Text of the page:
All my life I’ve been an Empath and could sense how other people were feeling. Honestly, it was a real pain in the neck until I reached my 30s and focused my empathic skills to help others with energetic and spiritual counseling. In writing about learning how to respond to others with more empathy, it made sense to explore Deanna Troi’s techniques.
I shared this topic with close Trekker friends. Overwhelmingly their response was, “Why would you write about her?” and “She got violated by an alien and agreed to have its baby, for goodness’ sake!”
It was then I realized that empaths kind of get a bad rap – in space, and on Earth. People often think of empathic gifts as other-worldly, and associate them with the ability to read minds. But rather than telepathy, empaths fulfill the unusual task of acting as mirrors to the people and environment around them.
Deanna Troi was written as a gentle (and sometimes passive) character who responds differently to the Enterprise’s adventures compared to say, a Riker or Picard. Her purpose within the crew is to read others’ feelings and inner motives, share this information with her peers, and help them to find solutions to their inner and outer conflicts through her counseling.
As I reviewed my favorite TNG episodes, I agreed with my friends that the writers could have written stronger storylines for her, in which she could have channeled the depths and powers of empathy much more! But I’m grateful that they brought her back for three Voyager episodes, where she is a wiser, stronger version of herself.
Here are some tips on deep listening, based on her Voyager appearances, that resonated with my own empathic experiences. I hope they can be helpful for you the next time you’re called to flex your own empathic skills.
- Read body language and tone at the onset and throughout the conversation. Observe the initial mood and body language of the person you’re trying to empathize with, be it a human or alien species.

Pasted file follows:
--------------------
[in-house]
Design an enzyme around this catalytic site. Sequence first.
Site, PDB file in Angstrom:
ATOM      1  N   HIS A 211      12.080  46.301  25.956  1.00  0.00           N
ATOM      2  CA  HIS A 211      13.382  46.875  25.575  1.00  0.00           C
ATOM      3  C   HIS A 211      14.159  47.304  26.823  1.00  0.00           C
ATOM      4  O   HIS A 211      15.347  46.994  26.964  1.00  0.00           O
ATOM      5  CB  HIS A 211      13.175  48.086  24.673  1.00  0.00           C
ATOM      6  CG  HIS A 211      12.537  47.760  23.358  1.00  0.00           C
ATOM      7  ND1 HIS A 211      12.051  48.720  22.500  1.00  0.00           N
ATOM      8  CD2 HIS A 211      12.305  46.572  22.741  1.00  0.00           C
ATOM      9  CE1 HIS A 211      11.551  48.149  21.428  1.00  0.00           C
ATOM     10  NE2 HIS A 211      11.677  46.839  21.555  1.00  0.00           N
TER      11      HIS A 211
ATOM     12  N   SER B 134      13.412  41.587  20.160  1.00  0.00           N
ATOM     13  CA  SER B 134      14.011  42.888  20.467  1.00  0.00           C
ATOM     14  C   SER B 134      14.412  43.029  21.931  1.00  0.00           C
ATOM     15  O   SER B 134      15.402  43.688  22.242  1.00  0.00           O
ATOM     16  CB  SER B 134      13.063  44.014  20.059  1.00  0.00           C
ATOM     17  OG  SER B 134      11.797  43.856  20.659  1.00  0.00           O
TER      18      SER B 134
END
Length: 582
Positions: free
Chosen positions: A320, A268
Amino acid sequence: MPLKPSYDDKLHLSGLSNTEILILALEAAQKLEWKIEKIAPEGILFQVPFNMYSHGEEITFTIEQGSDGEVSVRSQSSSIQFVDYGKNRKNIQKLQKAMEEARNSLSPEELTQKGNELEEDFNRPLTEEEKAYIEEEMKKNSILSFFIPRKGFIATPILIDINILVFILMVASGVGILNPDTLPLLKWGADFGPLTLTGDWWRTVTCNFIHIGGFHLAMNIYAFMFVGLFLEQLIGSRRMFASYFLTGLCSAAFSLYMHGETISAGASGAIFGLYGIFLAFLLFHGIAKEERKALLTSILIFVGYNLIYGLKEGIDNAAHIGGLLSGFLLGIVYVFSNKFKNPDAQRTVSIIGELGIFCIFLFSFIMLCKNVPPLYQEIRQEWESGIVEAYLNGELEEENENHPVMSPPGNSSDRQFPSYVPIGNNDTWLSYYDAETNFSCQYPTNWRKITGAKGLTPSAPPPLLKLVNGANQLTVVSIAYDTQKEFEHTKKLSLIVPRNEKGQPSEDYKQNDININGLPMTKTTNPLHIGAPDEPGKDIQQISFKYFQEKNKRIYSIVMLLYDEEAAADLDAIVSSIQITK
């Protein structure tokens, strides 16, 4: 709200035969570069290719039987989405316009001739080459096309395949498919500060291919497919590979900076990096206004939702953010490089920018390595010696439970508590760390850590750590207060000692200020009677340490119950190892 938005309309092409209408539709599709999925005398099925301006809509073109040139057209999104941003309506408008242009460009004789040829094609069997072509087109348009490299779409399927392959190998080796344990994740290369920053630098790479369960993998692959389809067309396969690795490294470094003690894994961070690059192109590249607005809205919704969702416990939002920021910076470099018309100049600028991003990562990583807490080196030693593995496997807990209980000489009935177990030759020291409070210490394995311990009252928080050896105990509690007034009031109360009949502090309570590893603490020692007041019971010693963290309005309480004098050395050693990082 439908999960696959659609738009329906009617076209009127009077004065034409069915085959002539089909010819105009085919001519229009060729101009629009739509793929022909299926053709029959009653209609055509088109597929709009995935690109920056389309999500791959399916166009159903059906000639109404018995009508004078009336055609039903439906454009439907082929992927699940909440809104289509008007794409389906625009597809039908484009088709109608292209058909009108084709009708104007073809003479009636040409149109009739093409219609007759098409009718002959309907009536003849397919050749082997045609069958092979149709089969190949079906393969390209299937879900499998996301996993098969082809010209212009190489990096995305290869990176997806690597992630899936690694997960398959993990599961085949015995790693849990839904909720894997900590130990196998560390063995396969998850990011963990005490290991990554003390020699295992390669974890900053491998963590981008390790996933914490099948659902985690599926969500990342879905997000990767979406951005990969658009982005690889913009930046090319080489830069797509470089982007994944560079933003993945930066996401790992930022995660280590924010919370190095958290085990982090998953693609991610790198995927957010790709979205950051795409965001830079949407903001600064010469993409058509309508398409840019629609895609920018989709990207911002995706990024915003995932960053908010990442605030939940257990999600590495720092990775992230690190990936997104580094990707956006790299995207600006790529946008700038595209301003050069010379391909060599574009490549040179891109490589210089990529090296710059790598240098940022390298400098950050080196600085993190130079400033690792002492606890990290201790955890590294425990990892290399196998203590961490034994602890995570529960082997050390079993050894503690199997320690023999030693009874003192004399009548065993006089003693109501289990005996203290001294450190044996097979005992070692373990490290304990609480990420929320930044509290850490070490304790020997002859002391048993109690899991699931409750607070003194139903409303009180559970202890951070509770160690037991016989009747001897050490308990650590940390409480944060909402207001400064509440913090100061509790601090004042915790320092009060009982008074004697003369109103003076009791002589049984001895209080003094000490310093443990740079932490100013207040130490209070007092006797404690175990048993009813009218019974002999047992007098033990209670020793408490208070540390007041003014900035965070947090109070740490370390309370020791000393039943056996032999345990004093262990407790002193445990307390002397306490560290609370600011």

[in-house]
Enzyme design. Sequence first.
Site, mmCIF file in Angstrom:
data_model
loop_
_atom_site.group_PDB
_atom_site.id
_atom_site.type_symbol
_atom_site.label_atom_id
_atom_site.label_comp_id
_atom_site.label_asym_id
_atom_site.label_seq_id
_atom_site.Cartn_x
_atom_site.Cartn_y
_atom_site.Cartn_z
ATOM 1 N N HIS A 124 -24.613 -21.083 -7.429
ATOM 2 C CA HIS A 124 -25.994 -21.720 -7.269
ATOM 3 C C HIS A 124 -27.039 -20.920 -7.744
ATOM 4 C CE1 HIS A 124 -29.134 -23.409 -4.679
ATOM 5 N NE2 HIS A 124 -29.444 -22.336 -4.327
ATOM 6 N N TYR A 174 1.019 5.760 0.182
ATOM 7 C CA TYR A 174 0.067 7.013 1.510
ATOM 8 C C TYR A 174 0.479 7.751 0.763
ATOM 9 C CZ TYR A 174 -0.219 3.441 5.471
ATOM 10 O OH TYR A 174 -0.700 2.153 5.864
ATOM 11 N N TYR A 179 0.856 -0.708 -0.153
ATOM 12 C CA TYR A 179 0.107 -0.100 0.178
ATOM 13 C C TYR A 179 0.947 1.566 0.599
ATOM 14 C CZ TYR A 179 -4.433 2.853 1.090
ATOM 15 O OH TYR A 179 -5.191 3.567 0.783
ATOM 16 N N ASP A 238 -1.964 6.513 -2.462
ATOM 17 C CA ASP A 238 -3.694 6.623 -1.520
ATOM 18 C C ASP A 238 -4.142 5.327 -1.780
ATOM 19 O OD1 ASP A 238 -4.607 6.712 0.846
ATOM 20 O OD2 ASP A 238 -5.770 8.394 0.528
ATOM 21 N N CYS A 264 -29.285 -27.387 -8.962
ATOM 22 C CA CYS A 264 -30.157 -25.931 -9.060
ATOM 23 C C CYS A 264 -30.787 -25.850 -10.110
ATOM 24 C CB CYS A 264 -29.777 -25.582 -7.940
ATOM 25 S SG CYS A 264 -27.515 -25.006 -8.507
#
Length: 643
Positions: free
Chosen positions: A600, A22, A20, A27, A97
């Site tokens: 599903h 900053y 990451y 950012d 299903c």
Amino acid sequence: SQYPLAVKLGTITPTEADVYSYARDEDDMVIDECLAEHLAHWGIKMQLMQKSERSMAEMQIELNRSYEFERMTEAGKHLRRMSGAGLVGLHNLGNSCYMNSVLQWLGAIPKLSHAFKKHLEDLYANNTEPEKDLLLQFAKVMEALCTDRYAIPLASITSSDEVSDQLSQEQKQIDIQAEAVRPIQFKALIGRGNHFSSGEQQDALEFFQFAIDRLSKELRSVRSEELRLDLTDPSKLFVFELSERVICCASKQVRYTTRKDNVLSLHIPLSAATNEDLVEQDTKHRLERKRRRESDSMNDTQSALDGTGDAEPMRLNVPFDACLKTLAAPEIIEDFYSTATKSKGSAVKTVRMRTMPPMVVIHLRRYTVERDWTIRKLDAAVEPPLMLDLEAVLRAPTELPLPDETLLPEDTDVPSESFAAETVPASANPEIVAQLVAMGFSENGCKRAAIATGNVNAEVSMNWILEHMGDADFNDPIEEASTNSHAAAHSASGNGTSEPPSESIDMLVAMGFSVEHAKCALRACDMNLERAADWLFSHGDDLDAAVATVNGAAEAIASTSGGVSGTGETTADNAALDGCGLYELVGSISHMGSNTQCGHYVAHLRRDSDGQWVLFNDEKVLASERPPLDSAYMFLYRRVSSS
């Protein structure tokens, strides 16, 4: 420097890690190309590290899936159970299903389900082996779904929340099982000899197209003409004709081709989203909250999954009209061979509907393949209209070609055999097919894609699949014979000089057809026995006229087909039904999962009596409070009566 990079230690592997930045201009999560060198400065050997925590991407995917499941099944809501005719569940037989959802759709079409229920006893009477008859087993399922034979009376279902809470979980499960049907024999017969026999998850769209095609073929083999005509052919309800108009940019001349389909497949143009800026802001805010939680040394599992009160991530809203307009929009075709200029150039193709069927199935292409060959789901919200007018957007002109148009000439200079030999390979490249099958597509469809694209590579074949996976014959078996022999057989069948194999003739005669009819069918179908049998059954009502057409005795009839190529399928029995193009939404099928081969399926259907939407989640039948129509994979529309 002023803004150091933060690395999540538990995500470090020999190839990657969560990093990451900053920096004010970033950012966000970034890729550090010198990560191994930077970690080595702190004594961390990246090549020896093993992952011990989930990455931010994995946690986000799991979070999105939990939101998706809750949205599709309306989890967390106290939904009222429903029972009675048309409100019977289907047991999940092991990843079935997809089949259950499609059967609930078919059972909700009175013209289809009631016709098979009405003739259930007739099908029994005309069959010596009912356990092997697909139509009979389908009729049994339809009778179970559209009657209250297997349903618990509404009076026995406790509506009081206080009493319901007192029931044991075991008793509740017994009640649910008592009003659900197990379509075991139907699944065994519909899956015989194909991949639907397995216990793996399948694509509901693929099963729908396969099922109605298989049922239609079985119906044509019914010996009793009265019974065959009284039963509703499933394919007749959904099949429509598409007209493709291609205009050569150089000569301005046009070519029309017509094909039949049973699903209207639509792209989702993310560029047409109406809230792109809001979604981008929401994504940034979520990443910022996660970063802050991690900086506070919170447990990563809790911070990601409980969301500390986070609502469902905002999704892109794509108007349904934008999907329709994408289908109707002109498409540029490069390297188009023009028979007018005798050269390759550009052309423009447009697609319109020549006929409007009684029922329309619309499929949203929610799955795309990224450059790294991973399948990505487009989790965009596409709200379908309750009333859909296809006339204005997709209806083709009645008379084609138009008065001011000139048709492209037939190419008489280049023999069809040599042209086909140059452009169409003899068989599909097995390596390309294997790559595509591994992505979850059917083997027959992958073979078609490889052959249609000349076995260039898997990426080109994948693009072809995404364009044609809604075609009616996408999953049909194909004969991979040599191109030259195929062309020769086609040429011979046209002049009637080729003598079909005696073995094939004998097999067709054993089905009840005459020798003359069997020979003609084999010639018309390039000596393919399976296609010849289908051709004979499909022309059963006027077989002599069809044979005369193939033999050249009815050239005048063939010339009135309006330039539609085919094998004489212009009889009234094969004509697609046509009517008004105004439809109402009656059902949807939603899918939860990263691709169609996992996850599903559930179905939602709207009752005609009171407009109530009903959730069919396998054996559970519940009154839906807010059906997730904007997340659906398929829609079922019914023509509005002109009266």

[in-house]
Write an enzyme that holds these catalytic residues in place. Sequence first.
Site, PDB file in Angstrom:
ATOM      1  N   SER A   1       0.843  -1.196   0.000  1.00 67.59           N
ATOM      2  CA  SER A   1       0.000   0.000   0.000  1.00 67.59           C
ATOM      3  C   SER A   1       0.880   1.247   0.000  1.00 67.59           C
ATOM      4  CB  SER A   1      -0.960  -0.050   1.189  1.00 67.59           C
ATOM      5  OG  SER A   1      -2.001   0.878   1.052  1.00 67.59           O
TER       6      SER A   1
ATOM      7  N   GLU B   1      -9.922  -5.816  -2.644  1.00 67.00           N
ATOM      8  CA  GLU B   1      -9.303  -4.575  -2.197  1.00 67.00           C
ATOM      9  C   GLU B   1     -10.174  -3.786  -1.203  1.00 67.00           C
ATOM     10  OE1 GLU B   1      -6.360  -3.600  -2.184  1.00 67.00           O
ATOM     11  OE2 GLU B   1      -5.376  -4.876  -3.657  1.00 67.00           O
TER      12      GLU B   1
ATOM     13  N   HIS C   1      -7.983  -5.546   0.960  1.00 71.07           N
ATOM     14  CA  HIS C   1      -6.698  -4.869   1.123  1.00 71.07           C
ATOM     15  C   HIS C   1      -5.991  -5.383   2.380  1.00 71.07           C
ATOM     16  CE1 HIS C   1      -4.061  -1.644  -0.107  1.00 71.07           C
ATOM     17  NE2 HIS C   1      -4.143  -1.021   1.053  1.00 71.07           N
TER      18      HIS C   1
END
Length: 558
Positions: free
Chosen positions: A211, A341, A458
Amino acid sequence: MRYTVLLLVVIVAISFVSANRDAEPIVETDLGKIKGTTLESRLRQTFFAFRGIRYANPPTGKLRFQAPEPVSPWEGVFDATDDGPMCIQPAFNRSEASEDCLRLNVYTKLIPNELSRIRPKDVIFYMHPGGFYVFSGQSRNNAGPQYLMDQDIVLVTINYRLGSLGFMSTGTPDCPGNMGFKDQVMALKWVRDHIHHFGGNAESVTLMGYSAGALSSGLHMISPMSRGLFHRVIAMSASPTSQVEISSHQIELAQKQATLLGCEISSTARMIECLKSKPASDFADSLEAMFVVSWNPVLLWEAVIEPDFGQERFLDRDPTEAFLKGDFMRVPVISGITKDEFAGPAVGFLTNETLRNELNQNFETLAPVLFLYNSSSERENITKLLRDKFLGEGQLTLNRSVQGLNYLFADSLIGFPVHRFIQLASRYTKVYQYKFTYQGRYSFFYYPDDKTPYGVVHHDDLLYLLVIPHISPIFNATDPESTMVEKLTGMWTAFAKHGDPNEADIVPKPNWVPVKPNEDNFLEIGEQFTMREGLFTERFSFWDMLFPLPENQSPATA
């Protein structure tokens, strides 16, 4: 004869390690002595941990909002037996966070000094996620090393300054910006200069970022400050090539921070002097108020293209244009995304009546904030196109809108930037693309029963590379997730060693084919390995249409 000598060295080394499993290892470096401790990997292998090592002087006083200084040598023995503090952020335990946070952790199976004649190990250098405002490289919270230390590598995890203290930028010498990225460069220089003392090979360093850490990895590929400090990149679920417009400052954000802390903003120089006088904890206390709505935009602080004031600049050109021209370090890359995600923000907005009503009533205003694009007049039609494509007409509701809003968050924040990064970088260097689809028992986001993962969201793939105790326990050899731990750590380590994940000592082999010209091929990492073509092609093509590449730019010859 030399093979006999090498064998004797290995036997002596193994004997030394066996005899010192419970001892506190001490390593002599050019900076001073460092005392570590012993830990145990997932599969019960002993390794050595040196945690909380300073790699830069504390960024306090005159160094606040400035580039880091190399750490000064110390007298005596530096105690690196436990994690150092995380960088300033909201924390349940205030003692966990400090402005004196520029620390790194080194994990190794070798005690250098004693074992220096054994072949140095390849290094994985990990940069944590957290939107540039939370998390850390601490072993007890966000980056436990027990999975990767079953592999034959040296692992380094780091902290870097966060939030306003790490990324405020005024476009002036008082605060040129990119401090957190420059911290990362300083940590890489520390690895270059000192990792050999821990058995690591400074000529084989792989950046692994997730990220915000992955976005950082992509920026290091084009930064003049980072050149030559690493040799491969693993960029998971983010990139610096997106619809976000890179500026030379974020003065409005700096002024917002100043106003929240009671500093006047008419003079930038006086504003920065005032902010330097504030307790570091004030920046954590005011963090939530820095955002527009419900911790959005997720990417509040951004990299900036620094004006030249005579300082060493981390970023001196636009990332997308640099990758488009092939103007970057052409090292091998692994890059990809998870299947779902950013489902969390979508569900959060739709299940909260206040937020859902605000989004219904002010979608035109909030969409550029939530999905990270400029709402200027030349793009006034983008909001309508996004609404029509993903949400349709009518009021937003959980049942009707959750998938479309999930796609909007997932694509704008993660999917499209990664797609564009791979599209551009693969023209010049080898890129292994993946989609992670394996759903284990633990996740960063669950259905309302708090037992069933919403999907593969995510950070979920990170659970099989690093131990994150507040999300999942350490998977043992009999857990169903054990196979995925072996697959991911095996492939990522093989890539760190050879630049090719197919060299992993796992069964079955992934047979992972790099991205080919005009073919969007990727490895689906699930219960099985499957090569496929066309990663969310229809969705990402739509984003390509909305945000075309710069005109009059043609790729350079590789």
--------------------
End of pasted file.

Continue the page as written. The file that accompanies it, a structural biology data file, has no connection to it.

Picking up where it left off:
In this clip from “Pathfinder,” Troi visits Reg Barclay, and she can see he’s nervous and preoccupied:
- Be Present and interested. Turn your body, eyes and attention to the person you’re listening to. This means putting away phones, tablets, shutting off the TV, or in Troi’s case, ignoring the chocolate ice cream.
- Offer reassurance. Let the person you’re empathizing with know you’re available to listen, and wish to help.
- Listen patiently and let them lead the conversation. Troi rocks at deep listening. Waiting for the person to finish their thoughts and not interrupting establishes safety and trust. It also allows you more time to observe, and really notice the emotional undertones of what they are saying.
- Imagine and try to feel what they are experiencing. “Be the Vulcan. Be the Ferengi. Be The Klingon.” Immersing empathically requires Troi to maintain a willingness to allow herself to feel “the story” of people and species very differently than herself. Allow yourself to feel with them and for them as they share their feelings.
- Ask questions and share the language of empathy. Affirm their feelings with words of empathy: “I’m so sorry you have deal with this” or “ I can understand how you might feel that way about Romulans.”
- Give honest, constructive feedback. Check in with your gut. What feelings are coming up after observing and receiving their information and emotional content? Reserve judgement but share your feedback honestly, openly and kindly.
- Assist in envisioning outcomes. More often than not, Deanna’s counseling includes building coping strategies and communication solutions. The best empathy experiences we can have are when we help to encourage the self-trust and intuition of those we empathize with.